Grill It, Roast It, Smoke It

And just like that, September is here. Long before I’m ready for summer to be over, the month that signals the start of fall rolls in. But even though a few of August’s garden-fresh favorites are finished for the season, September’s list of harvestable fruits and vegetables is the longest of year, with the last of the summer beans, berries, and corn bumping up against the first of the fall greens, plums, and winter squash.

If August is the month for enjoying fresh fruit and veg, September is the month for adding a bit of charred, caramelized, and smoky flavor to the produce on the table. We’ll be grilling, roasting, and smoking all month at Twice as Tasty—mostly thanks to some incredible response from recent Twice as Tasty workshops.

Although my September schedule is quickly filling up, it’s not too late to get in on the current lineup or featured workshops locally. And Twice as Tasty will be on the road again in late October! For more details, click here.
Read more about grilling, roasting, and smoking

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Refrigerator Pickles

I don’t advocate small-batch canning, but I am a fan of quick and easy pickling that fills your refrigerator one jar at a time. If your only experience with pickling is opening a store-bought jar, then refrigerator vinegar pickles will convert you to homemade. Even if you grew up in a household that put up shelves of pickled vegetables every summer, like I did, refrigerator pickles have surprising benefits.

The disadvantage of refrigerator pickles—that they aren’t sealed in heated jars and thus shelf stable—can be an advantage in freshness and crispness. Small-space gardeners or CSA members can put up a jar at a time as produce ripens. Even expansive gardeners can use fridge pickles to test new flavor combinations. Cucumbers are ideal refrigerator pickles, because they soften so quickly when heated. You should still only use pickling cucumbers; the thick-skinned slicing cucumbers you find in grocery stores and even lemon cucumbers are really only useful as fresh pickles. After years of pasteurizing summer squash, I’ve switched from the canner to the fridge to keep the pickles’ crunch.
Learn to make Cucumber Refrigerator Pickles and Cumin-Spiced Zucchini Refrigerator Pickles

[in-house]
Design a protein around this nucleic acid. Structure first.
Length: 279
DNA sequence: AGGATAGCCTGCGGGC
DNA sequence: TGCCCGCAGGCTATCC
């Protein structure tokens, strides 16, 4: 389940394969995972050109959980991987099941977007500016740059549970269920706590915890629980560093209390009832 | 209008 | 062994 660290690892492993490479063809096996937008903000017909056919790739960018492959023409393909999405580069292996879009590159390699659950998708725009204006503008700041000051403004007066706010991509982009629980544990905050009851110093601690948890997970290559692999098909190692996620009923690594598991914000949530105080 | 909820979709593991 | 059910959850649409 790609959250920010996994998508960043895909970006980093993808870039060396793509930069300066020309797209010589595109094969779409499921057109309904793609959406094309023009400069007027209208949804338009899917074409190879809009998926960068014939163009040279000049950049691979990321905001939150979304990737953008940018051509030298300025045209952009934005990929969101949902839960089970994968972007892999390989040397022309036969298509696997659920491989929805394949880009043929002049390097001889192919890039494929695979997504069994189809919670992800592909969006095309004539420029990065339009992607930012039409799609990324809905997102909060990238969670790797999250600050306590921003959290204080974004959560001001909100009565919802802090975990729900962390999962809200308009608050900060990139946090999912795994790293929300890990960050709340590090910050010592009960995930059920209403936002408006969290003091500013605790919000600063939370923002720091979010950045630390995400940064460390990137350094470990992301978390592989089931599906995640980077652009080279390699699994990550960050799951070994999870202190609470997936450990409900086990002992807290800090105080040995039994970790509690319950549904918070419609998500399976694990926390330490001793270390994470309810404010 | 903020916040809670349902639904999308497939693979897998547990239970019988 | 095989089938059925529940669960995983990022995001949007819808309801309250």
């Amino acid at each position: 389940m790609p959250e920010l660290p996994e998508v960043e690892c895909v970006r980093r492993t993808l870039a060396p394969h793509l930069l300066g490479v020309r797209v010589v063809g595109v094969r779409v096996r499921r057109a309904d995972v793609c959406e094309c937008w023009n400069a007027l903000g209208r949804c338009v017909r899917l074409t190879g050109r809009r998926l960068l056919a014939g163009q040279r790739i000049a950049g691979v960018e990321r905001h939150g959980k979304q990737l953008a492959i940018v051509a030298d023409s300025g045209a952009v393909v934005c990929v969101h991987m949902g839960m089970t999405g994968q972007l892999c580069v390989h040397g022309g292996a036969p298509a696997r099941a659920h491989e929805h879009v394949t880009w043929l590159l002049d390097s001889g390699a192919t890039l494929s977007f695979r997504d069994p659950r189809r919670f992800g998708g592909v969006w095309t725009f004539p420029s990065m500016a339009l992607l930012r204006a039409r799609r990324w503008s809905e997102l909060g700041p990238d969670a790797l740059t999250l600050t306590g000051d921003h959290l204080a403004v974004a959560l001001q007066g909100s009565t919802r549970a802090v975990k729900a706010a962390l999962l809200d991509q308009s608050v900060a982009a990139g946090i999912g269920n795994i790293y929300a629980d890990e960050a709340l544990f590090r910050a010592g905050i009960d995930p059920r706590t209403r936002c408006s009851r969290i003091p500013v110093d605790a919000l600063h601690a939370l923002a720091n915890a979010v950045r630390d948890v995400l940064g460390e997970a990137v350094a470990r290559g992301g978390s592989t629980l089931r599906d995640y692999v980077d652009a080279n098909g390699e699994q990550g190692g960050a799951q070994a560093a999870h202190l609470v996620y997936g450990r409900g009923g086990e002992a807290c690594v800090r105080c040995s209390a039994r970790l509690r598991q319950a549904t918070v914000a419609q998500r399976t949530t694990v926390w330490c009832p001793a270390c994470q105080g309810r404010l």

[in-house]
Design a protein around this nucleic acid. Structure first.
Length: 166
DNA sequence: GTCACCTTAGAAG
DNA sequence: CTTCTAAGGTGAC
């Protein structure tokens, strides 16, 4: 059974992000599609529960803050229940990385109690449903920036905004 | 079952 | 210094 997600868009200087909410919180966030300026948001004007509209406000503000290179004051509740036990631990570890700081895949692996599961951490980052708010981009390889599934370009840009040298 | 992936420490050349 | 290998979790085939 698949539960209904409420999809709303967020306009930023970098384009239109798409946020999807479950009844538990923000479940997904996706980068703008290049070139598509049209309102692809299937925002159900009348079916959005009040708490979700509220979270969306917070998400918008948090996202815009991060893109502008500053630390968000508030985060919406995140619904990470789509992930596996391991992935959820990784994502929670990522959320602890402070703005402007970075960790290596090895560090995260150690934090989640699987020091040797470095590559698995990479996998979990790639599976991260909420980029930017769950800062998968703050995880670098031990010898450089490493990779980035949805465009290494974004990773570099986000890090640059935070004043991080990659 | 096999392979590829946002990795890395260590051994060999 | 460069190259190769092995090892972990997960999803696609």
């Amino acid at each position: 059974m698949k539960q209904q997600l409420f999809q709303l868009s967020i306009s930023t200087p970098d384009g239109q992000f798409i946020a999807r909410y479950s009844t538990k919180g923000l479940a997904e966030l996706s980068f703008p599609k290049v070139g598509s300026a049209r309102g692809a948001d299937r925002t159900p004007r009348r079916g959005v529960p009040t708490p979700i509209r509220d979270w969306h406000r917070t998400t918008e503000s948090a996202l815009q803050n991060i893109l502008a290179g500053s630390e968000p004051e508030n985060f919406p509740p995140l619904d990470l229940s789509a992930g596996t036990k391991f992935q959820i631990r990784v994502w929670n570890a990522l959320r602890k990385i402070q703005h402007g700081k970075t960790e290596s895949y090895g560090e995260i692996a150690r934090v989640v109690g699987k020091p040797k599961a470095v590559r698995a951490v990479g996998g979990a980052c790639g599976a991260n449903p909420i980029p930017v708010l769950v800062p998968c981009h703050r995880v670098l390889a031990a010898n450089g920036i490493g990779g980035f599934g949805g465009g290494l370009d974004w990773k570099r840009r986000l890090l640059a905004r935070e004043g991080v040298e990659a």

Pick a Pickle

Almost every vegetable garden explodes in July. My first July harvest included the last of the spring greens and asparagus, midcycle broccoli and garlic scapes, and the first snap peas, carrots, beets, and bulb onions. The harvest will go straight into our mouths, but as the yields grow jugs of vinegar and a box of salt will be front and center, ready for pickling.

All of my recently harvested vegetables can be pickled, along with snap beans, summer squash, tomatoes, peppers, eggplant, garlic, cabbage, and even fruit. That’s the beauty of pickling: it lets you preserve any low-acid vegetable safely. And like many of my favorite processing techniques, it’s endlessly variable. Various pickling techniques let you preserve everything from a single cucumber to a box of cukes. You can flavor them to fit any meal: American dills or bread-and-butters with burgers, Japanese kyuri asazuke with sushi, Indian kheer uragai with curry—and that’s just a few variations on cucumber pickles.
Read more about quick and easy pickling

Frittata

If you like quiche but hate to roll crust, or if you crave omelets but your homemade ones always turn into scrambled eggs, you really should be making frittata. This crustless quiche or open-face omelet is just as adaptable to the ingredients you have on hand as its more finicky cousins. You can eat it at any meal and serve it as a tapa or a main. What’s not to like?

My first memorable frittatas were made by a Spanish woman running a hostel in Greece, so in my mind a frittata must have potatoes and the best additional ingredients are homegrown tomatoes, onion, bell pepper, and basil and homemade feta. I include the potatoes in my base recipe, but you can easily drop them and highlight other ingredients—or just use whatever’s in your fridge. Before summer crops explode, I tend to fill my frittatas with baby chard or spinach and herbs.
Learn to make Basic Potato Frittata and Spinach and Herb Frittata